Jen explains: Don't worry about the odd missed note. You can still practice a fast run-through just to observe where things stand with your preparation. Even if you miss a note or two, you'll learn alot about the lightness of fast playing by attempting it from time to time within your practice.
Fast playing often takes a different hand sensation, finger sensation, flute balancing, and general embouchure chosen to play many notes in a row. Don't stay at slow tempi so long that you don't attempt fast tempi just to discover these changes.
Don’t sit the flute hard on the lips and teeth for too long—the lips will go on strike!
Jen writes: If you use excessive pressure, pushing the flute into the lip and teeth, your lip will eventually become numb and less active. Lighten the pressure against the chin to play flute for longer and longer without fatigue. Make a point of lightening the pressure.
Teaching is important too—not all will be virtuoso!
Jen writes: Many of the young performers in a masterclass dream of being virtuoso soloists and orchestral players. But with so few chosen, the rest will become teachers, possibly. So listen carefully when following the master's instructions. You may end up using them for teaching, rather than becoming a world-class soloist.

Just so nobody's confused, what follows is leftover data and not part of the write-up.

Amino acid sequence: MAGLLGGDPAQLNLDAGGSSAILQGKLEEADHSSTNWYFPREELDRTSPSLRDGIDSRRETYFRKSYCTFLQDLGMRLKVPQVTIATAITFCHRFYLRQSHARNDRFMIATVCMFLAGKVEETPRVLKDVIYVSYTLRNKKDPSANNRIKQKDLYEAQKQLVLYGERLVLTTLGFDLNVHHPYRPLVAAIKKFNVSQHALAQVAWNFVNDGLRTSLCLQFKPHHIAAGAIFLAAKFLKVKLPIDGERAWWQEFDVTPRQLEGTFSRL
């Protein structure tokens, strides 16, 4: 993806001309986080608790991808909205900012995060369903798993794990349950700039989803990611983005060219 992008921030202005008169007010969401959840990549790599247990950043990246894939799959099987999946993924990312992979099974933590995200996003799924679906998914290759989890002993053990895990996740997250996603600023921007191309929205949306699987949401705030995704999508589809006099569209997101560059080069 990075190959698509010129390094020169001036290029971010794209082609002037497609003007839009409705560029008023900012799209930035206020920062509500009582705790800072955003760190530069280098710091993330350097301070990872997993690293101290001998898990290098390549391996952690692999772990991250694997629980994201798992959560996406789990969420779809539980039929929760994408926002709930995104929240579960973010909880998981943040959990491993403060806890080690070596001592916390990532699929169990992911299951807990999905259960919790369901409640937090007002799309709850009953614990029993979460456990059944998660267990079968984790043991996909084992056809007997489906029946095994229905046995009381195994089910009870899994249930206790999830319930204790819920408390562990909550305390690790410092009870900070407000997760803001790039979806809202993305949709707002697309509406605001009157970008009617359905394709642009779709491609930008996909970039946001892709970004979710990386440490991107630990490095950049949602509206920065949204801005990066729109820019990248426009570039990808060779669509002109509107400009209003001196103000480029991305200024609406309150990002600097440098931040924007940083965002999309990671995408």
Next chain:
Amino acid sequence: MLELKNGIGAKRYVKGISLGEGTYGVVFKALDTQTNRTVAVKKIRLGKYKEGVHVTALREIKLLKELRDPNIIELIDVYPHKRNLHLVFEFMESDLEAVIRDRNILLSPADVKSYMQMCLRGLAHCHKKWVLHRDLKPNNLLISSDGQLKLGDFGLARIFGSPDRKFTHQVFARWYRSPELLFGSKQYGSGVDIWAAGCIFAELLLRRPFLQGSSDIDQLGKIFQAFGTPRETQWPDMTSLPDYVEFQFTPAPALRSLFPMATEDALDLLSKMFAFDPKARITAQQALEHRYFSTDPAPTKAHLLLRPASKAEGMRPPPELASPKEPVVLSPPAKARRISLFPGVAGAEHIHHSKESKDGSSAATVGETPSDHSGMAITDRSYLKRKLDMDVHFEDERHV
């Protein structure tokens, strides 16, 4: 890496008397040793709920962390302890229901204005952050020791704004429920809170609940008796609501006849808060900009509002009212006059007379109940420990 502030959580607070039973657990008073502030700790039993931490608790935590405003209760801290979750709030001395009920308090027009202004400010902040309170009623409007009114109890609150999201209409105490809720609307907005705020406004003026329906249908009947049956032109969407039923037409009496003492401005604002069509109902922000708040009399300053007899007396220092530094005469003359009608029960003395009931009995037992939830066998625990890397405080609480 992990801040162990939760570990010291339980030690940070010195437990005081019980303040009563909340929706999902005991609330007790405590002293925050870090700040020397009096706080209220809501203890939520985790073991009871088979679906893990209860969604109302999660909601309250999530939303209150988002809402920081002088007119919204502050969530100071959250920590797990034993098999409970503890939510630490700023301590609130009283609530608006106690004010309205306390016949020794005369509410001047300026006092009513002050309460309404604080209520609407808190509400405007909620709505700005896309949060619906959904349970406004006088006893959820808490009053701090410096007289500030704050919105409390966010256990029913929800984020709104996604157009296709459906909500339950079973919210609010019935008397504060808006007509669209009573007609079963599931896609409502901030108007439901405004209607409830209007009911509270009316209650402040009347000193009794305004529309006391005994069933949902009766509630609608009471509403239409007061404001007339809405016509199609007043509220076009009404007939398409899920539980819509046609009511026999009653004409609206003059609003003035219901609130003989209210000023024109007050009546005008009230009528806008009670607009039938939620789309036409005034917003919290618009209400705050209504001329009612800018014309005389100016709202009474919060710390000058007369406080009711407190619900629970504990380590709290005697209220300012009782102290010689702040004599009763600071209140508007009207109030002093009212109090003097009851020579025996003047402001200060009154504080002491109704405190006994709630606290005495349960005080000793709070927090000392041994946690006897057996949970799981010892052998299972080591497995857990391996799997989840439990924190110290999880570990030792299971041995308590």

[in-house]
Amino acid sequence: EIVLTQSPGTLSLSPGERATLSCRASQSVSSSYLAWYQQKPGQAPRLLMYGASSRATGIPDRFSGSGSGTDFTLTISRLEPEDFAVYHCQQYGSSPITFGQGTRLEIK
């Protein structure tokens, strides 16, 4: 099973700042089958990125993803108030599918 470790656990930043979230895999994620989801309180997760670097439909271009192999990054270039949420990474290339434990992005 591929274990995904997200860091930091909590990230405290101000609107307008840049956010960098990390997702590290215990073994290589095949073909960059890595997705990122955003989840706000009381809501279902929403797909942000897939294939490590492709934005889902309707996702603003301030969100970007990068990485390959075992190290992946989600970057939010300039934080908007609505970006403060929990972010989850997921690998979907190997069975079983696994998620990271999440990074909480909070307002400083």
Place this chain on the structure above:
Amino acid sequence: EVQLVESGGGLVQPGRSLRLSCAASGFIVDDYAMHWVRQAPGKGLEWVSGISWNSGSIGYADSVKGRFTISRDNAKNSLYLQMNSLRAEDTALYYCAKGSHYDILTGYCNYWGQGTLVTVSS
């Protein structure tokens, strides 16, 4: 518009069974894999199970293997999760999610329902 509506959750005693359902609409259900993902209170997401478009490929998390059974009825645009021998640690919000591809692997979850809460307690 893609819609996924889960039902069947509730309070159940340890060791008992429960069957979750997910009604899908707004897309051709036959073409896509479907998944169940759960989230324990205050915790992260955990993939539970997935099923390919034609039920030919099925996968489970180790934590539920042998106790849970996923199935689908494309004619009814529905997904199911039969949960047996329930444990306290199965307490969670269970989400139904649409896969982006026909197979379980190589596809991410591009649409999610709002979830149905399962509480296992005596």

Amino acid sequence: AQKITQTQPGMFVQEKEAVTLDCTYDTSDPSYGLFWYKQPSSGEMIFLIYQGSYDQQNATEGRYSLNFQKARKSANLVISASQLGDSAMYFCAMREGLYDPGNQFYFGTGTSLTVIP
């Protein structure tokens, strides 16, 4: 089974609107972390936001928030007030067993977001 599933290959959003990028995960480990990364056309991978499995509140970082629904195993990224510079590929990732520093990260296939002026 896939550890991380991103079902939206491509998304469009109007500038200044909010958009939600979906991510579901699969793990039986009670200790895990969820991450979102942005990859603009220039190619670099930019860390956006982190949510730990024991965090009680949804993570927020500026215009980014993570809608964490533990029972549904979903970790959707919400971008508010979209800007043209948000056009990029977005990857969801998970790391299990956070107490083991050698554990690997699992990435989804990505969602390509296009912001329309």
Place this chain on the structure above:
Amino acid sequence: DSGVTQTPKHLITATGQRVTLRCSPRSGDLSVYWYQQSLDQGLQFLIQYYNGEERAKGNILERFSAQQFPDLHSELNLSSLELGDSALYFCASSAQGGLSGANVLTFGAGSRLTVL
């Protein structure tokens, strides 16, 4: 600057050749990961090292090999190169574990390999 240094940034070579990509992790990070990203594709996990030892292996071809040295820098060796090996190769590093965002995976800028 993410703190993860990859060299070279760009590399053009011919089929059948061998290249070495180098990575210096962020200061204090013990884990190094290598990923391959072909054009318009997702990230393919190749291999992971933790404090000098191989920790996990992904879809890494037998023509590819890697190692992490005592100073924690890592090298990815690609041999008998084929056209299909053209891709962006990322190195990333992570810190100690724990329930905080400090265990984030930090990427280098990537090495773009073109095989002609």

Not everyone is obliged to play the flute!
Jen writes: Flute playing at the highest levels is perhaps not for everyone.
It's possible that you have set your goals so high that you can't even get half-way there. Take your time and really learn the techniques.
If you think you already know them, look at them again to make sure.